Engage, Execute, Empower!
While we speak of smart cities, and smarter technologies, the need of the hour is to also include the rural population in this journey. Swades Foundation is one such organisation aiding rural empowerment in a few talukas of Raigad district. Here’s a detailed look at the changing landscape.
Mumbai might be the city of dreams for people across India — the city that attracts job seekers and the city that is home to some of the richest people in the country. But you travel some 100 km away from the city — in the district of Raigad, and the scenario is quite contradictory. Water taps, basic agricultural techniques and options for livelihood are all quite scarce in some of the villages here.
Swades Foundation, the brainchild of Zarina and Ronnie Screwvala, operates in six talukas of this district in their mission to empower rural India. Rural empowerment through best practices, modern technology and values, is how the foundation describes its core vision and is thus active in six blocks currently — Tala, Mahasla, Mahad, Poladpur, Mangaon and Srivardhan. We, at Sakal Times, recently visited these blocks and interacted with the farmers, entrepreneurs, youth and the women there. “Ours is a 4E strategy — Engage, Empower, Execute and Exit. The idea is to empower our communities to execute programmes that transform their lives, enabling us to exit and allow them to serve as role models and change agents for the rest of the country,” explains Prasad Patil, senior manager, Swades Foundation.
India lives in her villages and it cannot rise to its true potential as a country without a fundamental transformation in the lives of people in rural India. At Swades Foundation, the partnership of rural India with corporates, young urban India, the government and other foundations is facilitated for an irreversible change for good.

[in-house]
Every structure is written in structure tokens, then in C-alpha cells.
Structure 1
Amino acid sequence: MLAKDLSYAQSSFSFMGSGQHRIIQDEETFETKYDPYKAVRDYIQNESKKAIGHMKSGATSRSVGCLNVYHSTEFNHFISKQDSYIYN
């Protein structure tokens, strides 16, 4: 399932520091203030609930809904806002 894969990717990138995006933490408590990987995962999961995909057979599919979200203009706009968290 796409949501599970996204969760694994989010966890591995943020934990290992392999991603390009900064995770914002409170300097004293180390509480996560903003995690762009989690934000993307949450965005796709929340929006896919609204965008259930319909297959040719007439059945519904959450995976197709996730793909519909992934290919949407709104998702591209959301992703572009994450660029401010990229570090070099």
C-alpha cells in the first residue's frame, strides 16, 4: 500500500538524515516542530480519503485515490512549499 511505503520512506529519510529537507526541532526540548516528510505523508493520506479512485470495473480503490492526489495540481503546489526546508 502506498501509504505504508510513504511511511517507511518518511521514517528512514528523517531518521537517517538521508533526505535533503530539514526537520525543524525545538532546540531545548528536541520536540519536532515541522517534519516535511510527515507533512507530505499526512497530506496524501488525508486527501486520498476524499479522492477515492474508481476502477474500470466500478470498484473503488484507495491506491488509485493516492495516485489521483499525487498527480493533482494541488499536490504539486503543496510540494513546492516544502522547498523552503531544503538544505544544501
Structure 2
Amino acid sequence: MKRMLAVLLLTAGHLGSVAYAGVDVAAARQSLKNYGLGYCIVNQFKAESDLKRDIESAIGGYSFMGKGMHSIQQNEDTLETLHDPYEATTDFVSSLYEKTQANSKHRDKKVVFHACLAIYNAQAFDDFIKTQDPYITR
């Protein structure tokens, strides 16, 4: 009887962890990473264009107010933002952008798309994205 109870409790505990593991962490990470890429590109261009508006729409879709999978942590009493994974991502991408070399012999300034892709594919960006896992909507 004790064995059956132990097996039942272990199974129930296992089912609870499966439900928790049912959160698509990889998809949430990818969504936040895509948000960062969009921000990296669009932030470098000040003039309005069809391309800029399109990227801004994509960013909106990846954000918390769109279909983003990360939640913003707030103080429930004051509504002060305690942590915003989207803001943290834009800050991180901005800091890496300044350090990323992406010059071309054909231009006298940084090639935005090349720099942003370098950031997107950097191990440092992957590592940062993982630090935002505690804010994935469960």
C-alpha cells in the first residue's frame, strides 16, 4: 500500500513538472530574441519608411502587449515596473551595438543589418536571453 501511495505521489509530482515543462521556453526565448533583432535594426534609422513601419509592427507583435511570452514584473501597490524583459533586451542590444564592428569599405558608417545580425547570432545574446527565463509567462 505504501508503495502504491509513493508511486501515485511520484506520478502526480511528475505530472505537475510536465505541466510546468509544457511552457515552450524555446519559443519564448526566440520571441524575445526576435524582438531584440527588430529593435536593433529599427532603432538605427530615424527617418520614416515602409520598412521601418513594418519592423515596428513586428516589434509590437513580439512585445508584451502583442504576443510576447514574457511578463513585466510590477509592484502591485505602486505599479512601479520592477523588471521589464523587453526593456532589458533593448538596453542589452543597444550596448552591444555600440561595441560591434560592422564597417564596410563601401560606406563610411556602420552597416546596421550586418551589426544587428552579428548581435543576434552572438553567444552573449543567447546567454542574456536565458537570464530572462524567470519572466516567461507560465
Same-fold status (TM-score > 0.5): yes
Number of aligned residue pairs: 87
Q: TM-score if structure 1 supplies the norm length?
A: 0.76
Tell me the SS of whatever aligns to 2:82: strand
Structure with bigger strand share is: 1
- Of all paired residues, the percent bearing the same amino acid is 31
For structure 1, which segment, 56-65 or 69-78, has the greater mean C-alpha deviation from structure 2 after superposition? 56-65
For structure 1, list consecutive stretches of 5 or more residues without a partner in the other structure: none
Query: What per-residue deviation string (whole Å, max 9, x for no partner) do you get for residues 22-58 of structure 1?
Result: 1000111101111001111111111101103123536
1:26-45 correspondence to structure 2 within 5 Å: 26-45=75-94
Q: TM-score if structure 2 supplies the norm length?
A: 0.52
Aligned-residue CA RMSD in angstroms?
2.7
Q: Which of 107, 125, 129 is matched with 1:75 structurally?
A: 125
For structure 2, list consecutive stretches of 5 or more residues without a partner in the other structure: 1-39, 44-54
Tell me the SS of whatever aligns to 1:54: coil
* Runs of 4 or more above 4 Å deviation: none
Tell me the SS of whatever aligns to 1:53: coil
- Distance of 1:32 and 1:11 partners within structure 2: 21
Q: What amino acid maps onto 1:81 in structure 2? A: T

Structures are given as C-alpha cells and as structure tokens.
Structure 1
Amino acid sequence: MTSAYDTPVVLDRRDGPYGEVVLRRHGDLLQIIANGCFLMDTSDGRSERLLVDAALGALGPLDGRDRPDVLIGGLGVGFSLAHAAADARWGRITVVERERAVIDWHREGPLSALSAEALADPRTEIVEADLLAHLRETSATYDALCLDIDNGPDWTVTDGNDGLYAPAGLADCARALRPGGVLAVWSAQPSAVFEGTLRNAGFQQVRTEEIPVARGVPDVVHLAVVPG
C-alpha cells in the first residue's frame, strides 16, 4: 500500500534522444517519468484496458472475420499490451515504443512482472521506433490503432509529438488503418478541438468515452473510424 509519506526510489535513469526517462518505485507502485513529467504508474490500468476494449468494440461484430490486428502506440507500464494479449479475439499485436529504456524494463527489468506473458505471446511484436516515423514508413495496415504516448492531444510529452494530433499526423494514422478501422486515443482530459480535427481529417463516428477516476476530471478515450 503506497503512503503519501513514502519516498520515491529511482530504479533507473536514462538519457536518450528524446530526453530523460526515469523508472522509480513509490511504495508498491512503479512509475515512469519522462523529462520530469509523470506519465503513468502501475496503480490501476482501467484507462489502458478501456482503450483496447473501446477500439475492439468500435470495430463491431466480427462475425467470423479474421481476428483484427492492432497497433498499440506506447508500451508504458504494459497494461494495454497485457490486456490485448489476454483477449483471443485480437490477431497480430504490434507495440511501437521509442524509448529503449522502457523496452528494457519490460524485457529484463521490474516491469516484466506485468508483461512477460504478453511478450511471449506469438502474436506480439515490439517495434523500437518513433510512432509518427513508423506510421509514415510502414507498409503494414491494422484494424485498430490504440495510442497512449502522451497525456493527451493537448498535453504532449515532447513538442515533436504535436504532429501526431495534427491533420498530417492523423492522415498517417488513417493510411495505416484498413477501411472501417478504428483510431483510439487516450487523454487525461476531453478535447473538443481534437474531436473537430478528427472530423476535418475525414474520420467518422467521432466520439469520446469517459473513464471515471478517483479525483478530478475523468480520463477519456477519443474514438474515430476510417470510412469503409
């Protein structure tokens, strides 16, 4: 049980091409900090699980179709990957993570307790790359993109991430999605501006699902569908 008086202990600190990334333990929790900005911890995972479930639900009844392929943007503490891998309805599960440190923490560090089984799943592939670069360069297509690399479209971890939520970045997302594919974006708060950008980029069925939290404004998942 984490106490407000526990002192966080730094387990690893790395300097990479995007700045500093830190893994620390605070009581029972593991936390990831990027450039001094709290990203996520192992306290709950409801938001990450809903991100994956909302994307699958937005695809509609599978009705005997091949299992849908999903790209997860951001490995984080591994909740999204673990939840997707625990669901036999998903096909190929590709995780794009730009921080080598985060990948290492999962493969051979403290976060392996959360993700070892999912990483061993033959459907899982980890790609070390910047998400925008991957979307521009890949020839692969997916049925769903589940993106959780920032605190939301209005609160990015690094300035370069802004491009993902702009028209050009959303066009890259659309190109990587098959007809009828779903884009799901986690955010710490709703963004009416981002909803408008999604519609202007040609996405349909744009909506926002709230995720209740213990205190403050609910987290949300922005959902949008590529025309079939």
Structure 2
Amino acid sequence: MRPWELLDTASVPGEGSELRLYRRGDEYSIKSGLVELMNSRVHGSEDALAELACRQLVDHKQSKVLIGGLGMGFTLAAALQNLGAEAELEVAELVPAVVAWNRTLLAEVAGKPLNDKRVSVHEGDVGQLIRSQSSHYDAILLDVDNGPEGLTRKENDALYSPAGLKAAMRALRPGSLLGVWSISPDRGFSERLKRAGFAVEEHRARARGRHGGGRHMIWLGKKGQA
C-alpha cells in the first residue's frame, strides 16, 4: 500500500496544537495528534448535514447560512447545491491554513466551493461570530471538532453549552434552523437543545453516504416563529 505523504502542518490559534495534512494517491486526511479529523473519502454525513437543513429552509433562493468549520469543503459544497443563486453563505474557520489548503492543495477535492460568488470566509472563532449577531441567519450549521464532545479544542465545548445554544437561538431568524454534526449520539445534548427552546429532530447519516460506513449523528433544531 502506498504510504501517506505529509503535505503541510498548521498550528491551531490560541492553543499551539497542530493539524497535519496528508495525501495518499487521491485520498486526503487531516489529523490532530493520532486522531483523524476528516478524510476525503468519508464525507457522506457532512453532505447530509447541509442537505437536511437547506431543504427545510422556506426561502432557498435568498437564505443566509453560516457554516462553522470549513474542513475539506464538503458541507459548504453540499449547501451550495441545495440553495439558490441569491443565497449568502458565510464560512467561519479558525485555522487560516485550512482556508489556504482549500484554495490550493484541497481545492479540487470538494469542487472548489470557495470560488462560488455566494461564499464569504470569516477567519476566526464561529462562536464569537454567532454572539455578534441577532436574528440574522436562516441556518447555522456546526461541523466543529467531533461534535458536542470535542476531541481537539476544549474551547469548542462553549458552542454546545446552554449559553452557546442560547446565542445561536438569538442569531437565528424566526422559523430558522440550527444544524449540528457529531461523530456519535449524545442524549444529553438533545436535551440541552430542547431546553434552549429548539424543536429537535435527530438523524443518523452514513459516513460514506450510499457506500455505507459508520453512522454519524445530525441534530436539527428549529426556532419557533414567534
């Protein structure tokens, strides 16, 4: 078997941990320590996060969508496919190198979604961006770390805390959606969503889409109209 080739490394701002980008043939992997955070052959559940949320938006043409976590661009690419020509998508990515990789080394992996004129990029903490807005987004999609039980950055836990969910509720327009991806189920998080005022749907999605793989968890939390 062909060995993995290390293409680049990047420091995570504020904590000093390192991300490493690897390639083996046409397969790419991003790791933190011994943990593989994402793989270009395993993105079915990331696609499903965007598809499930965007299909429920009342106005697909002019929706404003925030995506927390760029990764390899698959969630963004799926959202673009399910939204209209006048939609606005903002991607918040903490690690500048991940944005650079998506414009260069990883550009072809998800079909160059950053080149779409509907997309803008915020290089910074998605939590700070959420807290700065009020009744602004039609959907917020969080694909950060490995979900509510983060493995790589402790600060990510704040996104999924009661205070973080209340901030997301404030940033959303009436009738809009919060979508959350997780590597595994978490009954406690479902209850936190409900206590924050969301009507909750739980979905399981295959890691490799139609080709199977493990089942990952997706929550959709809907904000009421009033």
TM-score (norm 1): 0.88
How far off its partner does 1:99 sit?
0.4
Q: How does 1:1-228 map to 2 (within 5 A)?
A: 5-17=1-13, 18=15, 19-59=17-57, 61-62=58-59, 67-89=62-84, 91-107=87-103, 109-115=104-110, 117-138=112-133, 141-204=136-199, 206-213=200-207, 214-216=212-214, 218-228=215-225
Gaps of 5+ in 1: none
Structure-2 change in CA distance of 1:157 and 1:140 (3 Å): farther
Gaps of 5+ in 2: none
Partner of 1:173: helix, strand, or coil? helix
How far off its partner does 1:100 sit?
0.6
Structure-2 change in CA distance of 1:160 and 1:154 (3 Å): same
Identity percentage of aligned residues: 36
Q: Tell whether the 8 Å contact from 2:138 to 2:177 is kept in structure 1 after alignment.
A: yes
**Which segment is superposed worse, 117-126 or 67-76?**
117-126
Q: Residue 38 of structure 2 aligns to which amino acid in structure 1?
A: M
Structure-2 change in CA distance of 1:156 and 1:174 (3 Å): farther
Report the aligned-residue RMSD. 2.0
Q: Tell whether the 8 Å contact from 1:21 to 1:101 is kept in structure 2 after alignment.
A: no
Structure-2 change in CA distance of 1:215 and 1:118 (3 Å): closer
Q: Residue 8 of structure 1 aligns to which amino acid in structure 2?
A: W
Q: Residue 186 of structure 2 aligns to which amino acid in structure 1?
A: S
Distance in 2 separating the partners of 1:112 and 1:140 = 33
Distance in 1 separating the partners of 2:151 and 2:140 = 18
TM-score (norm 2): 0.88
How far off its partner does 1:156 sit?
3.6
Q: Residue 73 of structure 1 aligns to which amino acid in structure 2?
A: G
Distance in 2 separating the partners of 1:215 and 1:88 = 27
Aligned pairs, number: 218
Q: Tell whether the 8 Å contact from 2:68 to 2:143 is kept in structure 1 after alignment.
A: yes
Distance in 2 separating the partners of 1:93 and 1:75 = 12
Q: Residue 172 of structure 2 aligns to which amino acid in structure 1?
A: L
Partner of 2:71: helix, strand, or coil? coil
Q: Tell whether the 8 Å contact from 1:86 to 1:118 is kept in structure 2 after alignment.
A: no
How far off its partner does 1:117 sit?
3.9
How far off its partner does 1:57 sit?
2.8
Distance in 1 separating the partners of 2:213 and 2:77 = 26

The sweet story of bitter gourd
“The drip irrigation techniques and alternate crops patterns in place, I now want to go for large-scale mulching,” says an extremely confident Manohar Nana Jadhav, a farmer from Divil village in Poladpur. What is mulching, we ask him, and he takes us through a one-acre land to the next field, with plastic-like sheets over the surface of soil, interspersed with vegetables planted at uniform distance. “This,” he answers, explaining the reason behind the practice, “helps in many ways: with these sheets on the ground, the moisture retention of the soil increases as there’s no direct water evaporation. It also fastens the activity of the microbes since it’s always dark beneath the sheets, thus enhancing soil fertility.”
Jadhav, who was mentored by Swades Foundation a couple of years ago, would earlier only practise rice farming, which is what the majority of farmers do in the Konkan belt of Maharashtra. Along with many others in the village, Jadhav too would follow the annual cropping pattern according to the monsoon season, thus earning very little. He was then introduced to community farming by Swades and soon enough, Jadhav, along with Santosh Chikane and Subhash Raghunath Bhilare from nearby villages, began farming together.
“We were taken on a visit to a village in Gujarat where we saw various new techniques and I also attended a three-day training session in Alibag about bitter gourd farming. With all this knowledge, we invested Rs 32,000 in a 12-guntha land to grow bitter gourd last year and earned a total of Rs 1.5 lakh,” Jadhav tells us, while showing us the irrigation equipment that was bought through the farmers’ contribution and help from Swades. This is the income the three farmers earn apart from the annual income from rice farming and other vegetables. Next, they plan to replicate the cycle on a one-acre land, along with other vegetables. “We are now saving on the cost of labour, thanks to drip irrigation, and that also makes the use of fertilisers more uniform since it is mixed with water and evenly distributed,” adds Chikane. The farmers send their products to the Agricultural Produce Market Committee (APMC) market in Panvel or Vashi.